Gas prices see a holiday spike
PITTSFIELD — Gas prices nationally could be be at their highest level on Thanksgiving in five years, according to some calculations, but that doesn't mean fewer state residents will be driving either to, from or through the Berkshires during this year's long holiday weekend.
More than 1.26 million Massachusetts residents are expected to travel at least 50 miles from home, with almost 1.1 million planning to drive — both records for the Thanksgiving holiday, according to AAA. Nationally, 55 million are expected to travel over the holiday; 49.3 million by car — a 2.9 percent increase from last year — and the second highest total since AAA began tracking Thanksgiving travel in 2000.
Last week, GasBuddy predicted the national gas price on Thanksgiving would be $2.56 for a gallon of unleaded regular, a penny higher than last year. But on Monday, AAA listed this week's national average at $2.60 per gallon, two cents lower than last week, and three cents lower than at this time last year, according to that organization's figures.
In Massachusetts, the average gas price is slightly lower. The state price fell 2 cents last week to $2.49 per gallon, which was 10 cents below the national average, and remained at that level this week according to AAA Northeast.
"If all things stay in their current pattern, gas prices should stay where they are," said AAA Northeast spokesman Mark Schieldrop. "Generally, we don't see people change their travel plans much until prices reach that $3 threshold."
"For summer travel we did a poll and asked our readers or members if fuel prices affected their travel plans, and overwhelmingly people said no," he said.
The average gas price in Rhode Island also remained at $2.49 a gallon this week, according to AAA. In Connecticut, the average gas price is $2.66 per gallon, six cents higher than the current national average, but six-100ths of a penny lower than last week, and 22 cents lower than at this time last year.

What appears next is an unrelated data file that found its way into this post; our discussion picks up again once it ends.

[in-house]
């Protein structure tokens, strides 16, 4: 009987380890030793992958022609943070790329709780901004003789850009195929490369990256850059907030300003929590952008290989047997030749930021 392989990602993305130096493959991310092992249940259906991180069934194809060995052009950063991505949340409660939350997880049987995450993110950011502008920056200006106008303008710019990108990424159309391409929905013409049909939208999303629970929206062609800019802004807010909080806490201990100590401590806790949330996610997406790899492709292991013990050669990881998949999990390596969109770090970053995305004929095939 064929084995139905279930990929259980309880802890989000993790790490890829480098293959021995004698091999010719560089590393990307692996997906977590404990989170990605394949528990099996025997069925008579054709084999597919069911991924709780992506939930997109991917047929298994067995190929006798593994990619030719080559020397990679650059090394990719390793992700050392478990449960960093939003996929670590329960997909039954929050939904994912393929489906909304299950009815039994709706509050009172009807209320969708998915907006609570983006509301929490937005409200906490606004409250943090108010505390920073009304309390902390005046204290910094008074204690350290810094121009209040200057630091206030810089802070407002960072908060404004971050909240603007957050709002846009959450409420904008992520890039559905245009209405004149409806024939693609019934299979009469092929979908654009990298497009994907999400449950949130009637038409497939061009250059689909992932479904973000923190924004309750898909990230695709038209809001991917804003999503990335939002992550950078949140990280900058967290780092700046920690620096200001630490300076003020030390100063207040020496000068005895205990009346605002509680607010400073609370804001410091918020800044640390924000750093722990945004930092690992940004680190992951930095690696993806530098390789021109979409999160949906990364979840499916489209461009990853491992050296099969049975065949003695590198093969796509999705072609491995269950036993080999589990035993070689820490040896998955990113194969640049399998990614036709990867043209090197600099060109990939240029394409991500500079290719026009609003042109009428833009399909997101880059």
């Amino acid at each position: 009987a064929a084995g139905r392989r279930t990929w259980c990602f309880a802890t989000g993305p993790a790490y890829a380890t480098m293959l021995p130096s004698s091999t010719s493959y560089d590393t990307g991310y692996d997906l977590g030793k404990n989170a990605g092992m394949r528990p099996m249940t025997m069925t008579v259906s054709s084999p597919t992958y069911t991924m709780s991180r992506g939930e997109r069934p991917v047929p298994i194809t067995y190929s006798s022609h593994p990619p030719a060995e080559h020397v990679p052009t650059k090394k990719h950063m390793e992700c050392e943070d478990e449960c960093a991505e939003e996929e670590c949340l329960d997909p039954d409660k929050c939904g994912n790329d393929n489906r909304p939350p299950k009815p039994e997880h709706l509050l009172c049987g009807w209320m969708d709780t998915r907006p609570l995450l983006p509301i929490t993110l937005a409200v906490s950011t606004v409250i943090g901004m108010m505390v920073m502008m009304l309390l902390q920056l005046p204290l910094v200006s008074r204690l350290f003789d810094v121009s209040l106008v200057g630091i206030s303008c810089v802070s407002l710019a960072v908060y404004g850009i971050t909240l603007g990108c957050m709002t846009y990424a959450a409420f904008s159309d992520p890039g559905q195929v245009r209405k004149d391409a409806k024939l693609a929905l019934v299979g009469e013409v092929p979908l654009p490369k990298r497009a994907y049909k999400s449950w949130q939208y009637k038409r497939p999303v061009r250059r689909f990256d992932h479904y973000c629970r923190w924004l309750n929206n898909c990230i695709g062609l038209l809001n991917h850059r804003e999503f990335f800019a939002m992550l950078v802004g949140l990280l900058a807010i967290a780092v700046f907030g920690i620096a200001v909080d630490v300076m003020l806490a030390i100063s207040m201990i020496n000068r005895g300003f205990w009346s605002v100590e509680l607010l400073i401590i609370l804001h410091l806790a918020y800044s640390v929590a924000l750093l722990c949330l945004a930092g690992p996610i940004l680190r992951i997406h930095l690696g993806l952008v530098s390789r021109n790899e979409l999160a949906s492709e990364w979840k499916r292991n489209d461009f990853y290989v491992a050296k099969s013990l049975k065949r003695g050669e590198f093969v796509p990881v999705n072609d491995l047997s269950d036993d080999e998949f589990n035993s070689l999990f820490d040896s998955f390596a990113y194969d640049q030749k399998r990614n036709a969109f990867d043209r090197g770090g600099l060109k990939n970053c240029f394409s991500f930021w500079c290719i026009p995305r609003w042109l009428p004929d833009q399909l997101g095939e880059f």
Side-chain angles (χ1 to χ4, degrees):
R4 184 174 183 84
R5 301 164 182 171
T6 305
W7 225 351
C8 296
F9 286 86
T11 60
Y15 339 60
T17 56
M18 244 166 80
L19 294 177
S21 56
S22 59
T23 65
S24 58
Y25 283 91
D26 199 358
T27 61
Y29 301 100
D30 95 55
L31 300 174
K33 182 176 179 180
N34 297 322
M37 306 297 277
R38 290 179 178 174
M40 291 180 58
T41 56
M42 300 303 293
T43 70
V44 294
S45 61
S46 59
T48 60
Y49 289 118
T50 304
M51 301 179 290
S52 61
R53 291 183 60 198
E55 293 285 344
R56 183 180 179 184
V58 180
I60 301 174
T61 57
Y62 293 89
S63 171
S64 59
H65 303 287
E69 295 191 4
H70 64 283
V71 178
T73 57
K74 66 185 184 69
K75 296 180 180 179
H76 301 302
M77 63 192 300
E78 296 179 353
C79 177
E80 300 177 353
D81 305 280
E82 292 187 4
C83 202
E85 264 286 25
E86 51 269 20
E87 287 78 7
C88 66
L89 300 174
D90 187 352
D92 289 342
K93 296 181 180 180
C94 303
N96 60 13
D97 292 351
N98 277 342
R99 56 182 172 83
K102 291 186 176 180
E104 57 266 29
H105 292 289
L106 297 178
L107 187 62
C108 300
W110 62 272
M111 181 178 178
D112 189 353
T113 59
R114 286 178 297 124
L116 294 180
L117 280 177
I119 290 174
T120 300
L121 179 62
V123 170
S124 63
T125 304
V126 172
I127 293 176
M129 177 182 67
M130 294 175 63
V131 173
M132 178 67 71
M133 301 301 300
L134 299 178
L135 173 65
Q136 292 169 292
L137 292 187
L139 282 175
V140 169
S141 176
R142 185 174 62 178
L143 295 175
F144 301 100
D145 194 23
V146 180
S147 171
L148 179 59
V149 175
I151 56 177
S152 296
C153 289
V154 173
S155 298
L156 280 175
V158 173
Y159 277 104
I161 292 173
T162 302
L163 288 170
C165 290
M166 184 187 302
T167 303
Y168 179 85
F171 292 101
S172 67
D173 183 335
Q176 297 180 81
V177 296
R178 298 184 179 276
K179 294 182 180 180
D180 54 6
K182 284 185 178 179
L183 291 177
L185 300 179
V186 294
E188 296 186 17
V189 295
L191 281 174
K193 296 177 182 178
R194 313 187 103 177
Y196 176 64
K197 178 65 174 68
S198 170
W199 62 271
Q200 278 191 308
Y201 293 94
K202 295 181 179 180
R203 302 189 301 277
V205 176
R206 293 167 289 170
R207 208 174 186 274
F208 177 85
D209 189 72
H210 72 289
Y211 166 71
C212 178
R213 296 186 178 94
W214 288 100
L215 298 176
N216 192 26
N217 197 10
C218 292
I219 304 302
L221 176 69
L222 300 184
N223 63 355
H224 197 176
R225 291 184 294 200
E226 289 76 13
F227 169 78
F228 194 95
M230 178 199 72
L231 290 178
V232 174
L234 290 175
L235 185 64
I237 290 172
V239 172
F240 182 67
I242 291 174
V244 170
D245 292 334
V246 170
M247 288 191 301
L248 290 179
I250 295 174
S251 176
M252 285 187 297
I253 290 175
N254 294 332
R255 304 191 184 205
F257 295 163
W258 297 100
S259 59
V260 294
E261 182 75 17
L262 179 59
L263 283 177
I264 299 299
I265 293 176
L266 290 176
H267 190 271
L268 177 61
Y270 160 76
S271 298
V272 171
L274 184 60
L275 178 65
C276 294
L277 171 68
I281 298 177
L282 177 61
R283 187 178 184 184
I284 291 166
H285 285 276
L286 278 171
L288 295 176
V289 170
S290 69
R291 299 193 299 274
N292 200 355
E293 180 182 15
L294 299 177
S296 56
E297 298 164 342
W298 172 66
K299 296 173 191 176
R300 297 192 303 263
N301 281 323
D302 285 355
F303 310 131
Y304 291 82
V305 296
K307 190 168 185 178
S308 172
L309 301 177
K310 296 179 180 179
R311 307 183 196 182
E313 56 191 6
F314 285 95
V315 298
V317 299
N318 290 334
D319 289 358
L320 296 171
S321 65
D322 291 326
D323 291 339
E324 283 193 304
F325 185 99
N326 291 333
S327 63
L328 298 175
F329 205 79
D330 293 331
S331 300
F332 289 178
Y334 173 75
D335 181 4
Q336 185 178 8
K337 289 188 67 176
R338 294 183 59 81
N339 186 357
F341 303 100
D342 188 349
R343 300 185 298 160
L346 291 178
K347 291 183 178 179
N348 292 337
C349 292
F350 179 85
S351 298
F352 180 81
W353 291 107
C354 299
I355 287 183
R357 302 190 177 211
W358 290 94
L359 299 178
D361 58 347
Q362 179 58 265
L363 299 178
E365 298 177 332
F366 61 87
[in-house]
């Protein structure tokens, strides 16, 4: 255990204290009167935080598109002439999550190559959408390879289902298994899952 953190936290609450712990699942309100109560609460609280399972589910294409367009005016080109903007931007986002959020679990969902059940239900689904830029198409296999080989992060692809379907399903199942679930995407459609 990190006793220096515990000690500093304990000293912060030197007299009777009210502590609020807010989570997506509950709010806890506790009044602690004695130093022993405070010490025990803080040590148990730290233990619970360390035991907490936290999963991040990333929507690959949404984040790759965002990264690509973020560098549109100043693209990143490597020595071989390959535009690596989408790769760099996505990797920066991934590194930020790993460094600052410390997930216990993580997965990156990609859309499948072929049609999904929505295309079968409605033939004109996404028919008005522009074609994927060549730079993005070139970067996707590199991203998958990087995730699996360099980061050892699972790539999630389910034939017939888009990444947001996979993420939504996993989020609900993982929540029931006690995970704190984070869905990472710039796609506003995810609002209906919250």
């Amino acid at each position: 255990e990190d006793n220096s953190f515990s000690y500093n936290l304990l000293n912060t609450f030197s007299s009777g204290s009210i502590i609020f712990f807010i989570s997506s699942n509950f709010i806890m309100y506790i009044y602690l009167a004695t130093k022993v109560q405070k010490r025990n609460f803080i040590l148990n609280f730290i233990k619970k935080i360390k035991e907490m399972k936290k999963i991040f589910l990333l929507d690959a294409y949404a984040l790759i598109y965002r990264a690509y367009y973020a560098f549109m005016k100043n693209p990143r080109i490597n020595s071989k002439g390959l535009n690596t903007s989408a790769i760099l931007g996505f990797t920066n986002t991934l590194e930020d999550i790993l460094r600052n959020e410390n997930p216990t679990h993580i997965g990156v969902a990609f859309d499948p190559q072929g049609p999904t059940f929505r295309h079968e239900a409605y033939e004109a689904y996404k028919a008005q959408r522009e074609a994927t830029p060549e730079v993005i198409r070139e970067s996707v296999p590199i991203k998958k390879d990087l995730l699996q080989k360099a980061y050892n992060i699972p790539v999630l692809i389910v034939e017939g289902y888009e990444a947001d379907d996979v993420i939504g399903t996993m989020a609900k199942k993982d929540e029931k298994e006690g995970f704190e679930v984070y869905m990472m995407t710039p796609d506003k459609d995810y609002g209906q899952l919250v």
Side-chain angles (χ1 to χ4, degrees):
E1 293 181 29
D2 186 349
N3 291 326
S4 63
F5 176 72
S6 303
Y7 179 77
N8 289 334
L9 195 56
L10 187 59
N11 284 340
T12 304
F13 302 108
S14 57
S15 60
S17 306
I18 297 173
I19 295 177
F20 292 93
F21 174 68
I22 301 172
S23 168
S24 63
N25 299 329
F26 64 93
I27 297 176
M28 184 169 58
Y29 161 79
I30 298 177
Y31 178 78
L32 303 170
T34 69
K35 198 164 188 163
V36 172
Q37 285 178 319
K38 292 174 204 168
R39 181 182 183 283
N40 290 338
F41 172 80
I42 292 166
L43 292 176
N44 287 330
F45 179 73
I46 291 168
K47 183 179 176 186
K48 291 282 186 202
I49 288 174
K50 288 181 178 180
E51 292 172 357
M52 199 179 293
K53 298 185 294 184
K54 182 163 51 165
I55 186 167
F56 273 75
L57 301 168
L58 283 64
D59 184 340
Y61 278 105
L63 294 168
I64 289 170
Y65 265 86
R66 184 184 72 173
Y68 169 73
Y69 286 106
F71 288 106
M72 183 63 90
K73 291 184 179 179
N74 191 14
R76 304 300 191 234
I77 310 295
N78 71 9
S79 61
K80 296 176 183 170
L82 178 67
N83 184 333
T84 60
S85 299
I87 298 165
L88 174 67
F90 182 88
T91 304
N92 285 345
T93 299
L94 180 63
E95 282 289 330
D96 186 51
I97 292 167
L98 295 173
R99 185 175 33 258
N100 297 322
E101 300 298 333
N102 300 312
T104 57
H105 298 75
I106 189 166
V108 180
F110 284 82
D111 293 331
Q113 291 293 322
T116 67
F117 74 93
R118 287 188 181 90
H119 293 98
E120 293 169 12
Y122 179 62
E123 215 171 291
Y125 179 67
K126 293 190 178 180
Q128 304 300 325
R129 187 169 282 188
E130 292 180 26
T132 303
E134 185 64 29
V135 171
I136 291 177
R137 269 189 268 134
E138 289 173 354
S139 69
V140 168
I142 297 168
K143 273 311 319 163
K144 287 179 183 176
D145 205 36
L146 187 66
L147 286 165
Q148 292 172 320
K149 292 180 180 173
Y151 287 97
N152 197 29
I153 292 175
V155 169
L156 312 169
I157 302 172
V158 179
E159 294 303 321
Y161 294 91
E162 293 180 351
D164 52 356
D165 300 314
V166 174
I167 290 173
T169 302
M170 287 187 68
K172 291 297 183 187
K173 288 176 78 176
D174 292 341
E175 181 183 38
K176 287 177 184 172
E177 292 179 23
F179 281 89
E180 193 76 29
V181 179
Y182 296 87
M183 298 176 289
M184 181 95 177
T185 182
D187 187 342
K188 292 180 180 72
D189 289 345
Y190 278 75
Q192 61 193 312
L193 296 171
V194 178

Berkshire residents who plan to drive should leave early. Wednesday afternoon is expected to be the worst travel day regionally, with late afternoon/early evening trips in both the Boston and New York metro areas projected to take almost 3 1/2 times longer than usual. In Boston, the worst travel time is expected to be between 4:30 p.m. and 6:30 p.m. Wednesday, and in New York between 5:15 p.m. and 7:15 p.m., according to AAA.
But motorists traveling through Massachusetts won't have to worry about construction delays — MassDOT shut down all scheduled construction activities on state highways Nov. 21, and they won't resume until 5 a.m. Dec. 2.
AAA does not issue a holiday traffic forecast specifically for Berkshire County or Western Massachusetts, but Schieldrop said, "with a lot of people planning to head out and with record travel numbers, I would imagine that that area could get congested particularly during peak travel times.
"It's heavily dependent on what direction you're going and what day you leave," he said. "Take a look at the current traffic conditions before you leave. If you see a lot of traffic, wait awhile and let the congestion ease up."
According to GasBuddy, 30 percent of Americans said the higher national prices this year will impact their travel plans over Thanksgiving, but 65 percent of those polled in the app's annual travel survey stated they still planned to drive, a 7 percent increase from 2018.
"Consumers are spending money, consumer confidence is pretty strong, and in Massachusetts in particular there is very low unemployment," Schieldrop said. "There are people who have certainly been struggling in Massachusetts, but by and large the economy is strong."
Weather can also be a factor in limiting travel over the Thanksgiving holiday weekend, but no serious weather systems are expected to impact the Berkshires this week. A 60 percent chance of rain is predicted in the Berkshires both Wednesday and Wednesday night, according to the National Weather Service, with a 50 percent change of scattered showers expected on Thanksgiving Day.
"The top priority during the Thanksgiving travel period is safety," said Mass DOT Highway Administrator Jonathan Gulliver, in a statement. "Before heading out, travelers should evaluate weather conditions so smart decisions can be made about when to leave and return from trips. We want everyone to safely arrive at their destinations to be able to celebrate the holiday with their family and friends."
"We caution people to take any forecast or projection with a little bit of a grain of salt," Schieldrop said. "Any traffic projection gets thrown out the window when you're dealing with bad weather."
Tony Dobrowolski can be reached at firstname.lastname@example.org or 413-496-6224.
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